I'm not sure of the anatomy lesson above ... I know I've seen bison double-lunged, in mid-lung, no less, with a .50 cal muzzleloader and still live 20 minutes.
Although the heart is low and anterior, both of my shots were higher and behind the shoulder, and down they went. The guts do slide up under the lungs, so my advice (contrary to what I'd say about most critters) is to aim mid-way up the body, just behind the front leg.
The heart is in the same place as it is on most game animals, low in the chest, right btween the shoulders. On a broadside bison, if you go directly up the center of the front leg, 1/4 to 1/3 of the way up from the bottom of the chest, you will take out the heart and both lungs.
thanks all for the comments, we have actually had quite a few bowhunters take bison with our 4 blade magnus stingers and magnus stinger buzzcuts. 100 grain clear to 150 grain. great bloodtrails short recovery. thanks
I am interested in a bison hunt with bow. anybody have any suggestions on where to go?
140 gr Montecs, only problem with them is they do not make 140 gr practice heads, and they are only available from pro shops. They fly just like the 100 125 gr. Montecs or field points. Duane
I shot a mid-sized bull through both lungs with a 145 grain Bear Razorhead. It went another 100 yards, stood there for a few minutes, then tipped over.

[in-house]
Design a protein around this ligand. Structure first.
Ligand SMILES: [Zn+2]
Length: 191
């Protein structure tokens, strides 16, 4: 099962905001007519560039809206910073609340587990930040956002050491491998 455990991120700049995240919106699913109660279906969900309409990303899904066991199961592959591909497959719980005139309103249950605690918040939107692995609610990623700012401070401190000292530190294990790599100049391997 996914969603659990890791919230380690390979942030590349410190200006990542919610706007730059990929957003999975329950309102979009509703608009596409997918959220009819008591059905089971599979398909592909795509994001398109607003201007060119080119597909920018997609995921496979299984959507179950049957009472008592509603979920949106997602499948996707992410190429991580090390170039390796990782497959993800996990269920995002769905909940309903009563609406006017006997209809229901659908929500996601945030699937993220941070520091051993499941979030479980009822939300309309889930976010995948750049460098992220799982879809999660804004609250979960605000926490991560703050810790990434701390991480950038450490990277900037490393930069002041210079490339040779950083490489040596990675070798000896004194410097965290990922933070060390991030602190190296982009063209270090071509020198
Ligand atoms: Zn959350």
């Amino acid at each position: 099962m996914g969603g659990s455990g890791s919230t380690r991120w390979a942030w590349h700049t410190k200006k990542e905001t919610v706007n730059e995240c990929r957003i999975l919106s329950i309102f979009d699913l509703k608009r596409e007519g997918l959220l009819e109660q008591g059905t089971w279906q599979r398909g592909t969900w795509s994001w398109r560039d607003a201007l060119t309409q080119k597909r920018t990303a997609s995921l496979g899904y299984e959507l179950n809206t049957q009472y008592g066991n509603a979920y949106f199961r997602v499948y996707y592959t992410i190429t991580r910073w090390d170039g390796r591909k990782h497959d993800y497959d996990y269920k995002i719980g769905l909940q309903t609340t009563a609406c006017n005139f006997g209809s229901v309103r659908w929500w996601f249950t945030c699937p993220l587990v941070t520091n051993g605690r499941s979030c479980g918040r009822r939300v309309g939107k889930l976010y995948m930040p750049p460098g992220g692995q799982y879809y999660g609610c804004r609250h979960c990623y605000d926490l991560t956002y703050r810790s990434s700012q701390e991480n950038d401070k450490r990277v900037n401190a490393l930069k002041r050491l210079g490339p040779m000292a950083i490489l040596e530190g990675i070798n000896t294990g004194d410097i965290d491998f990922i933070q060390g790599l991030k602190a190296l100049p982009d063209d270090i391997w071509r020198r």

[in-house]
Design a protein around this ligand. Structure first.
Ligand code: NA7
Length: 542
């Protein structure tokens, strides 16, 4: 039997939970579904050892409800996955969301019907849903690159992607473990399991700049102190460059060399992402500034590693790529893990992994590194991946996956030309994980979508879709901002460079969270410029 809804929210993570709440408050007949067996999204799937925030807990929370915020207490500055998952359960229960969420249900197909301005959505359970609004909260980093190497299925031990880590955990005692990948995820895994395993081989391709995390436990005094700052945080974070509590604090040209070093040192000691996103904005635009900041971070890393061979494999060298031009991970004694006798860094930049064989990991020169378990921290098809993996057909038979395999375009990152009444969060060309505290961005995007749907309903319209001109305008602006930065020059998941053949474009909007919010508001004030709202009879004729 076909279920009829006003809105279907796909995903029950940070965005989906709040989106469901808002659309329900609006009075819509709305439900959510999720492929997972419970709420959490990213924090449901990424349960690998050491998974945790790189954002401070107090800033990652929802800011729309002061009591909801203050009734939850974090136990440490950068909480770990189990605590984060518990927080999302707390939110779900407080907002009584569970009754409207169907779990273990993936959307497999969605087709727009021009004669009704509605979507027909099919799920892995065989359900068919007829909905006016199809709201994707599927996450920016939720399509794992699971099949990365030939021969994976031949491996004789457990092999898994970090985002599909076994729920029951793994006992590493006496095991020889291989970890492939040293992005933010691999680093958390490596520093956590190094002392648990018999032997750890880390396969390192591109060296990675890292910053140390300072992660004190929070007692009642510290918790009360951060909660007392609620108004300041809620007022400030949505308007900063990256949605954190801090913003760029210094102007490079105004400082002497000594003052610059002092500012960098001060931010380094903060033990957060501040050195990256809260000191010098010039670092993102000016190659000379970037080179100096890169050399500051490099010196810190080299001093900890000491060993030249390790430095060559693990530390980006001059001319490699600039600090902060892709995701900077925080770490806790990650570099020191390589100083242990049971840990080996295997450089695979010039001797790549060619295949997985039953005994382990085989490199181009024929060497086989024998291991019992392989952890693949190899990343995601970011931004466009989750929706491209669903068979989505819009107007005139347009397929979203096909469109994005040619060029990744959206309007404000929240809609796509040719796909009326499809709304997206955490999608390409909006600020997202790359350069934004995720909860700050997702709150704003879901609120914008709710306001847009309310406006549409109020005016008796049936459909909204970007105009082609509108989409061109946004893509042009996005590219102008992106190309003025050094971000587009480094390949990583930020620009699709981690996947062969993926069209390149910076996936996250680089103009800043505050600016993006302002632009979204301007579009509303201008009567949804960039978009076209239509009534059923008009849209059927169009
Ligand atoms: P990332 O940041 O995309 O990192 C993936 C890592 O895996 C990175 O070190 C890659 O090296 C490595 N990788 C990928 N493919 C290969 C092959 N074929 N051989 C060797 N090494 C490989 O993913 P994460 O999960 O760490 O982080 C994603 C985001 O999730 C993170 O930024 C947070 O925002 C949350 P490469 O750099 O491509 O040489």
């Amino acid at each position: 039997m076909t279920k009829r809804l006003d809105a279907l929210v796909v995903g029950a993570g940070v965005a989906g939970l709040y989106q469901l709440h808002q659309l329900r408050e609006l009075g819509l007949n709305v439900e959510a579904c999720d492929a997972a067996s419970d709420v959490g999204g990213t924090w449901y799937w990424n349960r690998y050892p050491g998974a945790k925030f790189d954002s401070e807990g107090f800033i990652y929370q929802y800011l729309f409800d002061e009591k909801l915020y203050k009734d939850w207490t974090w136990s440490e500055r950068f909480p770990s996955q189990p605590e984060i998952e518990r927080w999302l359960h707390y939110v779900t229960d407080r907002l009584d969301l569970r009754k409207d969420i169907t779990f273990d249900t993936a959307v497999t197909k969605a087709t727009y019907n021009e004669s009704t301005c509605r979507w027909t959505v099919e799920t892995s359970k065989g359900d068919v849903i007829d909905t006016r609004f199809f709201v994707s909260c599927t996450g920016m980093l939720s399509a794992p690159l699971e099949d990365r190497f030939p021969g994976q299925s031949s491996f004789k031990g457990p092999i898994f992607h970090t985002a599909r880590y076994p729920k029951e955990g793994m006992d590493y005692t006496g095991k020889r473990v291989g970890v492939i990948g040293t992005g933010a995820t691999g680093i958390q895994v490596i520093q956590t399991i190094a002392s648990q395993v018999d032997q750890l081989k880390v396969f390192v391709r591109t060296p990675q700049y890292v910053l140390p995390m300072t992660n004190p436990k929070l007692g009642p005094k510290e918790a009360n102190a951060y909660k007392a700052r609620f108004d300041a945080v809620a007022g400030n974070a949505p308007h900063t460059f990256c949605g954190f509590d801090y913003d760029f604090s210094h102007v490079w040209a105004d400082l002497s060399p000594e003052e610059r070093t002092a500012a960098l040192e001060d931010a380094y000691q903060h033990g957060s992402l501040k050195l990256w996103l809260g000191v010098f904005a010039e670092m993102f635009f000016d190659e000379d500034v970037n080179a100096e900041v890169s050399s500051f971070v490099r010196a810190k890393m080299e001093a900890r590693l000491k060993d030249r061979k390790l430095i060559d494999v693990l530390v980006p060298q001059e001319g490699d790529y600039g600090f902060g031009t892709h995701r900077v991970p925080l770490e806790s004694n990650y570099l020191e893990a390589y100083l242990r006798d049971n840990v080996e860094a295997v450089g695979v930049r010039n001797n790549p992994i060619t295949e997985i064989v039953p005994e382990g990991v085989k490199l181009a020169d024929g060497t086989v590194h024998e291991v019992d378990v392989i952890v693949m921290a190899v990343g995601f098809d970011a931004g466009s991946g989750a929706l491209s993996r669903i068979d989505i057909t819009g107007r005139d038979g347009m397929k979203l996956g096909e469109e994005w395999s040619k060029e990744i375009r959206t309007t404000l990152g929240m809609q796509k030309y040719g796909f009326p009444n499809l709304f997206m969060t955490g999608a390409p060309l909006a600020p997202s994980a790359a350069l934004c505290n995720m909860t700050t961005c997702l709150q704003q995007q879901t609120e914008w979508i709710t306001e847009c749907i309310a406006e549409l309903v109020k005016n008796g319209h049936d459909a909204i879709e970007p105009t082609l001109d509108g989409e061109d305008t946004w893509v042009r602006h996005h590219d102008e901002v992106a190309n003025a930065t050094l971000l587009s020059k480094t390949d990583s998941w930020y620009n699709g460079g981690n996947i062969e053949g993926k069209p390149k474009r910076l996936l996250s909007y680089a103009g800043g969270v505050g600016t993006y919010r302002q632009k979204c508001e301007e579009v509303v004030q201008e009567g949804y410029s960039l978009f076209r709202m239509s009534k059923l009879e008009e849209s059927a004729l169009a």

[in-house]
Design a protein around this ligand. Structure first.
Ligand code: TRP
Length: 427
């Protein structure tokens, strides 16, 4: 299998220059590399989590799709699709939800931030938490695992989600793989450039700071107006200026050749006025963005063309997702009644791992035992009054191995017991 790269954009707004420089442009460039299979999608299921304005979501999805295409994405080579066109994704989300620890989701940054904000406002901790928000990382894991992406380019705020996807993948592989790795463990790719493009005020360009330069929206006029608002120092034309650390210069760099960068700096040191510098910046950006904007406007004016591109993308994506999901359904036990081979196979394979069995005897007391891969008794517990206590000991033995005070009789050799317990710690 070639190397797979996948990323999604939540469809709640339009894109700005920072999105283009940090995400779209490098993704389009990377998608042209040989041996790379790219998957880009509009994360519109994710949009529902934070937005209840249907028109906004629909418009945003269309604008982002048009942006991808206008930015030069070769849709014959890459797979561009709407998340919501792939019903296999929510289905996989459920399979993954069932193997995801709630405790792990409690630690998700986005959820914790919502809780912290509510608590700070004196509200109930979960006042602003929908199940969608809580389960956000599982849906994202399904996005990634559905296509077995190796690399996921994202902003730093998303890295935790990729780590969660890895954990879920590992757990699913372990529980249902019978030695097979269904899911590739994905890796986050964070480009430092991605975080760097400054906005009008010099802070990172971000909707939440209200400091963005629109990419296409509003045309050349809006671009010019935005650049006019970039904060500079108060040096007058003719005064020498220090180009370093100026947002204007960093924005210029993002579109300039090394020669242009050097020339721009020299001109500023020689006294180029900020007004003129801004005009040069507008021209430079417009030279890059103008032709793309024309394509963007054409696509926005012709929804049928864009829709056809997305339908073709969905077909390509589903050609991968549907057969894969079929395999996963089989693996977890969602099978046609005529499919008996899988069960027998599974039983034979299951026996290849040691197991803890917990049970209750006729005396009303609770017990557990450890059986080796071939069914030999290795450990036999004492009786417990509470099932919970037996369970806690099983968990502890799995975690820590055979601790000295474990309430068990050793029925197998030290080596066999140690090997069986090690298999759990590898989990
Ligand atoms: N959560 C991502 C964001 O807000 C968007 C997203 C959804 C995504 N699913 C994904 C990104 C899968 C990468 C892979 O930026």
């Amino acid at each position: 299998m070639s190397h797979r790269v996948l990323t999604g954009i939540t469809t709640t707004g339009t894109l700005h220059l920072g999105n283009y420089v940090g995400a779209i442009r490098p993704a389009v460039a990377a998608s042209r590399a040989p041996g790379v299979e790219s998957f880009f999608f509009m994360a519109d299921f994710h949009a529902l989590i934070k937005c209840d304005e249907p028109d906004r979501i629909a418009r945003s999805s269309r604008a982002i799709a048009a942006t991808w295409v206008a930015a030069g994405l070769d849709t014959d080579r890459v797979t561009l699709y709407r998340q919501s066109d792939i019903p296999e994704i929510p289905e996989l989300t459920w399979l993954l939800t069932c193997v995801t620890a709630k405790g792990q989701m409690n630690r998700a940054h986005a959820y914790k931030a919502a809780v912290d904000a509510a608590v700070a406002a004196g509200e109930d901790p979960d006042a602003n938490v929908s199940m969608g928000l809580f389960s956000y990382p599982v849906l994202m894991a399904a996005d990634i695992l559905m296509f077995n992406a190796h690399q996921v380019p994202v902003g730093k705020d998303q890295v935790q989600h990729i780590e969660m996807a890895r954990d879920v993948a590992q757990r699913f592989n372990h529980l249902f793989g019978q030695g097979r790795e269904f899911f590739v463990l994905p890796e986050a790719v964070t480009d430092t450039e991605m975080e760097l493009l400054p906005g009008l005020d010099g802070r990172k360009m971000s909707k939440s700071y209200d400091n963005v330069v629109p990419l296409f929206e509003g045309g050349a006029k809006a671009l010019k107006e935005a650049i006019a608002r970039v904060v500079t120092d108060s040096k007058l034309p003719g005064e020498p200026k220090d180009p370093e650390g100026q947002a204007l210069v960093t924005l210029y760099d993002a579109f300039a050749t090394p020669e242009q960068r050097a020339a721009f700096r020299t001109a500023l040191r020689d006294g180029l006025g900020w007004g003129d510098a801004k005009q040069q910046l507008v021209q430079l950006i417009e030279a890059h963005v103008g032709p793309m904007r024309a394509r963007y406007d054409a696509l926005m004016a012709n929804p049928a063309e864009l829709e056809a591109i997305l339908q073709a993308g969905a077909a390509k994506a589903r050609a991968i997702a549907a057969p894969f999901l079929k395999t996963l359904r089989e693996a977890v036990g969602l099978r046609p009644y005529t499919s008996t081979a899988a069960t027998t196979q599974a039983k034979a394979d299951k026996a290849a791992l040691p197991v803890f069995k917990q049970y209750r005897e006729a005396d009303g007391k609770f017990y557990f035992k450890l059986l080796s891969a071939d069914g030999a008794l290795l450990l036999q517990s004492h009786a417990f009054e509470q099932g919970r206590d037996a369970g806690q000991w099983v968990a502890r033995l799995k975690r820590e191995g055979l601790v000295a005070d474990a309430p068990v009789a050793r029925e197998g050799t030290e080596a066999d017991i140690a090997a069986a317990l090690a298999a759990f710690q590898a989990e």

On the SLICK TRICK THANKS thread theres a pic of a guy who shot a Buff with a Mag Trick that went 15 yards. Tricks love big animals.
Here's a pretty close illustration of how a buffalo's vitals would lay. The vitals are actually from a moose, and although there are some minor differences, this gives one a fairly accurate idea.
Have a great bowhunt BB
Amazing, all these animals look just like a buffalo.
not really ......not a true buffalo at least
Bison Bill just doesn't have the same ring.
We just got back from a Bowhunt for my Daughter in Oklahoma (private herd though). She took this Cow @ 25 yds. 48# Bow & Easton Aluminum arow tipped with a 3 Blade (fixed) rocky Mountain Broadhead. Slightly quartered & her arrow hit just in the creaseto the right of the red dot in (Donner Post). Arrow went up to fletch (29" arrow) & got lungs & ended in the Heart. Buff went less than 60 yds. & crashed to the ground.
I was told to hit in the lower 1/3 of the body and that woked great. My bull was on the ground in about 25 seconds.
Good link WW. The 'hump' vertebrae sure are high on that critter.
Broadside- the shot should be right above the elbow on the leg.
Be conscious of possible chase after the shot. Also, be aware that the herd will congregate around the wounded animal to prevent it from falling on the ground.
Can be a wild and exciting hunt.
Shot mine with a 62# Mathews SB. GT5575 shafts tipped with a 100 gr. 2-blade Magnus II broadhead. 25 yd. shot. Very slight quartering away positon. Got total penetration- BH was lodged in opposite shoulder blade and fletching and nock barely showing on entrance side. Remember they will have a heavy winter coat on this time of year-lots of hair to slow and dull arrow.